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    The origin of the prompt high-energy (>100>100MeV) emission of Gamma-ray Bursts (GRBs), detected by the Large Area Telescope (LAT) on board the Fermi Gamma-ray Space Telescope, is still under debate, for which both the external shock origin and internal dissipation origin have been suggested. In the internal dissipation scenario, the high energy emission is expected to exhibit significant temporal variability, tracking the keV/MeV fast variable behavior. Here, we report a detailed analysis on the Fermi data of GRB~170214A, which is sufficiently bright in the high energy to enable a quantitative analysis of the correlation between high-energy emission and keV/MeV emission with high statistics. Our result shows a clear temporal correlation between high-energy and keV/MeV emission in the whole prompt emission phase as well as in two decomposed short time intervals. Such correlation behavior is also found in some other bright LAT GRBs, i.e., GRB 080916C, 090902B and 090926A. For these GRBs as well as GRB 090510, we also find the rapid temporal variability in the high-energy emission. We thus conclude that the prompt high-energy emission in these bright LAT GRBs should be due to internal origin.Comment: 12 pages, 4 figures, Accepted for publication in Ap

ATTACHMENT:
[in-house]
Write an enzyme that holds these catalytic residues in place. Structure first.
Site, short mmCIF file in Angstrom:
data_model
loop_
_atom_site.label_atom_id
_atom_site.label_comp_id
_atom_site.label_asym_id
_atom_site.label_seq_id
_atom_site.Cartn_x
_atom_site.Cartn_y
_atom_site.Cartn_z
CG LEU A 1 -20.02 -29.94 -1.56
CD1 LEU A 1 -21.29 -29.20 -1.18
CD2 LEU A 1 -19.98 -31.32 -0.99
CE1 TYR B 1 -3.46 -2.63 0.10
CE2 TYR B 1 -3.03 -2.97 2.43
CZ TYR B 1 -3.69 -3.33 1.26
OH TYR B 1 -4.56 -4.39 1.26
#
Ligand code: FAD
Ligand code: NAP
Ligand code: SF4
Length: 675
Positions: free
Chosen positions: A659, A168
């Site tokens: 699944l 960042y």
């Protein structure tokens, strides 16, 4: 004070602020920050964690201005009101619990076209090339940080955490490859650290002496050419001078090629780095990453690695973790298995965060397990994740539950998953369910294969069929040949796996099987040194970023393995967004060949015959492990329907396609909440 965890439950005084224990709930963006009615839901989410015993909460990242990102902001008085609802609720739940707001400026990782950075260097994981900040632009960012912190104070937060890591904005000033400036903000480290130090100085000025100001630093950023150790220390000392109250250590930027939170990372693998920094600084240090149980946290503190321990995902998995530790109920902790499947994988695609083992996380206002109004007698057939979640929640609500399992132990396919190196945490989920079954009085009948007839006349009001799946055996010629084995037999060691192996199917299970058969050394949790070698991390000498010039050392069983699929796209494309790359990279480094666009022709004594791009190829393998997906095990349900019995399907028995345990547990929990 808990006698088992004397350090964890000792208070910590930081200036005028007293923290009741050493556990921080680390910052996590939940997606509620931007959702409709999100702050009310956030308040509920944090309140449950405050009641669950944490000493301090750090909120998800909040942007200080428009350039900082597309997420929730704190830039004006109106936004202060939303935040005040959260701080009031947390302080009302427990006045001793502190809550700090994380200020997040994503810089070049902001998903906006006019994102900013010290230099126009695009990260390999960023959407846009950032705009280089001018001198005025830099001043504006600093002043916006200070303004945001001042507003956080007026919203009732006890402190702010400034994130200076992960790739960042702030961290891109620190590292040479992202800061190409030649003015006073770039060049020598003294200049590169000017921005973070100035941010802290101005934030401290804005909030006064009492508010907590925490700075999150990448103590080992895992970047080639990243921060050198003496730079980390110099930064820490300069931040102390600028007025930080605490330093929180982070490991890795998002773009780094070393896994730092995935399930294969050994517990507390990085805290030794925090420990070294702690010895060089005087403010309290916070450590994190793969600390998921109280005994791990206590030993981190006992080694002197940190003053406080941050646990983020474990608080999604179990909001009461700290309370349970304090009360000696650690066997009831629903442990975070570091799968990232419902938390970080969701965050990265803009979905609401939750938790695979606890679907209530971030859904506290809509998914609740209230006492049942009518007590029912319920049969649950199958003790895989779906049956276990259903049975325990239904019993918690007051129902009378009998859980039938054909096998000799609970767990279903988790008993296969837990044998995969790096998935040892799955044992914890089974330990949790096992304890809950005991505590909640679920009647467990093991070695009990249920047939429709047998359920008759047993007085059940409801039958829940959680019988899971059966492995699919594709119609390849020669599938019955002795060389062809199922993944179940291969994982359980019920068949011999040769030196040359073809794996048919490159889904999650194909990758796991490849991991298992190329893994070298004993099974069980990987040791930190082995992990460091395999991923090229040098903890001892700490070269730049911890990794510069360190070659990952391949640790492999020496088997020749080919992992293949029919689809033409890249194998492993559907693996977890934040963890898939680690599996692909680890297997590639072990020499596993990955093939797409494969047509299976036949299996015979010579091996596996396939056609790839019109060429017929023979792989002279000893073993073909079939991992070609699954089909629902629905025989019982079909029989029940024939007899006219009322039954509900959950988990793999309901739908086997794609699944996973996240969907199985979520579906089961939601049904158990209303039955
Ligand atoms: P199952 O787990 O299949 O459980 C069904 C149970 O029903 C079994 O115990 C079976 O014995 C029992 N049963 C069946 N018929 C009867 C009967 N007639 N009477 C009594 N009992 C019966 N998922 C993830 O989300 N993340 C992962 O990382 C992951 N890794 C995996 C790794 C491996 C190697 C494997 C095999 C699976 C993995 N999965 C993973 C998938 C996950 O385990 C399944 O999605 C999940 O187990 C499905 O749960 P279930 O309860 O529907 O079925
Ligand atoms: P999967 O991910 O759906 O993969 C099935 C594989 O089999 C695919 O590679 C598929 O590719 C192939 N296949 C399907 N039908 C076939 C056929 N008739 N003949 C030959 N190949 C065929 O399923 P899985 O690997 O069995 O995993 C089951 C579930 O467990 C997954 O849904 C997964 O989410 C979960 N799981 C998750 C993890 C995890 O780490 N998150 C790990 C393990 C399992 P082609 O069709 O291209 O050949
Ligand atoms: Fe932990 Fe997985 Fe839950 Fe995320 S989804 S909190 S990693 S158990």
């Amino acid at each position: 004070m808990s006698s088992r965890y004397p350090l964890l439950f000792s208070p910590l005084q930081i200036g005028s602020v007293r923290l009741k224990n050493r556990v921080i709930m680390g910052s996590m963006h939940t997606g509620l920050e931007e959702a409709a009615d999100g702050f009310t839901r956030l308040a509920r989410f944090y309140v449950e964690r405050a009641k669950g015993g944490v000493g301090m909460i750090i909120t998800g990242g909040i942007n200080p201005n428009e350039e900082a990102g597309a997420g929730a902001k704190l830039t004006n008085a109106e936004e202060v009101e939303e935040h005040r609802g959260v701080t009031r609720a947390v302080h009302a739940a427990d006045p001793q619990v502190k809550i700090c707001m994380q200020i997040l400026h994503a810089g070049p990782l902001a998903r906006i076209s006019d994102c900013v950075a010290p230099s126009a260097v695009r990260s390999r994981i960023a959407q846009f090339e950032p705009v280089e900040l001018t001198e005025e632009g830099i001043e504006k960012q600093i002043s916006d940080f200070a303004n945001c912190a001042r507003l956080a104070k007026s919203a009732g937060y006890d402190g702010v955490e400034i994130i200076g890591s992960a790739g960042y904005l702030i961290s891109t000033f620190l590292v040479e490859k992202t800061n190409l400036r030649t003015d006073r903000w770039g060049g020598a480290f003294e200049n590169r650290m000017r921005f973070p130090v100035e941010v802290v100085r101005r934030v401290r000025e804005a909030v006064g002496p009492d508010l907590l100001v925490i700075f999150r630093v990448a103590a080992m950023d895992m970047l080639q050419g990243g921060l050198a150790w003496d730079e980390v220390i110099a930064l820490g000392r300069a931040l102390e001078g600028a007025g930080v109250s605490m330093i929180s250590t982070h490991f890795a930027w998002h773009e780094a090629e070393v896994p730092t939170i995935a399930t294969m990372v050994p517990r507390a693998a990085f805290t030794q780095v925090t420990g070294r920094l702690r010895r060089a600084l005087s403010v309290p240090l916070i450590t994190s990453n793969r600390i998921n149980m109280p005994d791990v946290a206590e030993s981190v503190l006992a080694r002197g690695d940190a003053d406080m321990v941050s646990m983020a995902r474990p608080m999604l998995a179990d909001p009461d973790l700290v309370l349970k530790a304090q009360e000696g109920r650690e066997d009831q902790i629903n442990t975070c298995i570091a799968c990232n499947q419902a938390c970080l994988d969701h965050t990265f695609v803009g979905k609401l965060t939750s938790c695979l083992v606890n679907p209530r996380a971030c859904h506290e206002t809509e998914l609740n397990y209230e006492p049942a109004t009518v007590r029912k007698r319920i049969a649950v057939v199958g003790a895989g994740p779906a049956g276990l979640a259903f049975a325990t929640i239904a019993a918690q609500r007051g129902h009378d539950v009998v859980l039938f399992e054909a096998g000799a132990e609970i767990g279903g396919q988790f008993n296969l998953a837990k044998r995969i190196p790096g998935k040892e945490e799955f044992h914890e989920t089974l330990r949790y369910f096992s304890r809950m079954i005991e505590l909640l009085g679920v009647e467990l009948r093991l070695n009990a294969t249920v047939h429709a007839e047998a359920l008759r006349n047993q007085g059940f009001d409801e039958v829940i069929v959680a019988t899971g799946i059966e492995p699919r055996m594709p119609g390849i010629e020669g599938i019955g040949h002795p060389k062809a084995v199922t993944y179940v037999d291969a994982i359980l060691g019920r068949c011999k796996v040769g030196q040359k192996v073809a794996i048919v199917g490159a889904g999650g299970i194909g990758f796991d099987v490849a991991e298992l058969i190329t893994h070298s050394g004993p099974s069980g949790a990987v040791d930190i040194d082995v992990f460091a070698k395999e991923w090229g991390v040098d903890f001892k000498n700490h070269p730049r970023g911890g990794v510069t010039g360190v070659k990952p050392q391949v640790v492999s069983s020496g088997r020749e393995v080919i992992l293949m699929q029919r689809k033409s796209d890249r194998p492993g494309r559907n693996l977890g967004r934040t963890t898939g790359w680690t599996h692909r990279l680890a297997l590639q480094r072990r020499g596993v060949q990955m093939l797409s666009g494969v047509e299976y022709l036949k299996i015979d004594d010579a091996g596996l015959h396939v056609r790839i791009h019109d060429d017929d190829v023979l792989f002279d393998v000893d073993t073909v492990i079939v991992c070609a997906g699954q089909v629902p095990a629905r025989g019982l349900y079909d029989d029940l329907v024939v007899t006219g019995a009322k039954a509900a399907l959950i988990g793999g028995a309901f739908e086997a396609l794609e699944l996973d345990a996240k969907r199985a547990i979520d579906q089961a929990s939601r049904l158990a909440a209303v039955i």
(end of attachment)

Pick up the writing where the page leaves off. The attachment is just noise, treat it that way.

Particle Acceleration in Mildly Relativistic Shearing Flows: the Interplay of Systematic and Stochastic Effects, and the Origin of the Extended High-energy Emission in AGN Jets

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    The origin of the extended X-ray emission in the large-scale jets of active galactic nuclei (AGNs) poses challenges to conventional models of acceleration and emission. Although the electron synchrotron radiation is considered the most feasible radiation mechanism, the formation of the continuous large-scale X-ray structure remains an open issue. As astrophysical jets are expected to exhibit some turbulence and shearing motion, we here investigate the potential of shearing flows to facilitate an extended acceleration of particles and evaluate its impact on the resultant particle distribution. Our treatment incorporates systematic shear and stochastic second-order Fermi effects. We show that for typical parameters applicable to large-scale AGN jets, stochastic second-order Fermi acceleration, which always accompanies shear particle acceleration, can play an important role in facilitating the whole process of particle energization. We study the time-dependent evolution of the resultant particle distribution in the presence of second-order Fermi acceleration, shear acceleration, and synchrotron losses using a simple Fokker--Planck approach and provide illustrations for the possible emergence of a complex (multicomponent) particle energy distribution with different spectral branches. We present examples for typical parameters applicable to large-scale AGN jets, indicating the relevance of the underlying processes for understanding the extended X-ray emission and the origin of ultrahigh-energy cosmic rays.Comment: 26 pages, 8 figures; to appear in Ap